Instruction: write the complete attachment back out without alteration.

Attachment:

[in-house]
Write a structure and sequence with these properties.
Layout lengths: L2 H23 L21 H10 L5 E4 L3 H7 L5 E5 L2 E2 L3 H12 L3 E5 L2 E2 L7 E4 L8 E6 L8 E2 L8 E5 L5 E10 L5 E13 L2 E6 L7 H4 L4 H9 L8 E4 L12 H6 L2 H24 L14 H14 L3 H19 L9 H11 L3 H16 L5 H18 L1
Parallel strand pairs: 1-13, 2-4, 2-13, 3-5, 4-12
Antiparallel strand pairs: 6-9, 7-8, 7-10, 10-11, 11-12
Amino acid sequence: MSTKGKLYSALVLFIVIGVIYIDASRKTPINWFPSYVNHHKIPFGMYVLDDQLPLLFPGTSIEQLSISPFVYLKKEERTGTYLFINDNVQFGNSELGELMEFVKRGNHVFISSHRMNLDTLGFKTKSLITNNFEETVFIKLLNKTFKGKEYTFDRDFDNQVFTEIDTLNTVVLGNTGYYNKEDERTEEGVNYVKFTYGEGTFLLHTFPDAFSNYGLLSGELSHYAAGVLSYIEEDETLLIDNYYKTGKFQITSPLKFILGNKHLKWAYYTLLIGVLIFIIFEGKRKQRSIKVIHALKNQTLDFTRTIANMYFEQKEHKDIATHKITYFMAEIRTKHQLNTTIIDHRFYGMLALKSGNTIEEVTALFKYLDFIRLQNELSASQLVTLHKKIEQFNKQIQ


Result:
[in-house]
Write a structure and sequence with these properties.
Layout lengths: L2 H23 L21 H10 L5 E4 L3 H7 L5 E5 L2 E2 L3 H12 L3 E5 L2 E2 L7 E4 L8 E6 L8 E2 L8 E5 L5 E10 L5 E13 L2 E6 L7 H4 L4 H9 L8 E4 L12 H6 L2 H24 L14 H14 L3 H19 L9 H11 L3 H16 L5 H18 L1
Parallel strand pairs: 1-13, 2-4, 2-13, 3-5, 4-12
Antiparallel strand pairs: 6-9, 7-8, 7-10, 10-11, 11-12
Amino acid sequence: MSTKGKLYSALVLFIVIGVIYIDASRKTPINWFPSYVNHHKIPFGMYVLDDQLPLLFPGTSIEQLSISPFVYLKKEERTGTYLFINDNVQFGNSELGELMEFVKRGNHVFISSHRMNLDTLGFKTKSLITNNFEETVFIKLLNKTFKGKEYTFDRDFDNQVFTEIDTLNTVVLGNTGYYNKEDERTEEGVNYVKFTYGEGTFLLHTFPDAFSNYGLLSGELSHYAAGVLSYIEEDETLLIDNYYKTGKFQITSPLKFILGNKHLKWAYYTLLIGVLIFIIFEGKRKQRSIKVIHALKNQTLDFTRTIANMYFEQKEHKDIATHKITYFMAEIRTKHQLNTTIIDHRFYGMLALKSGNTIEEVTALFKYLDFIRLQNELSASQLVTLHKKIEQFNKQIQ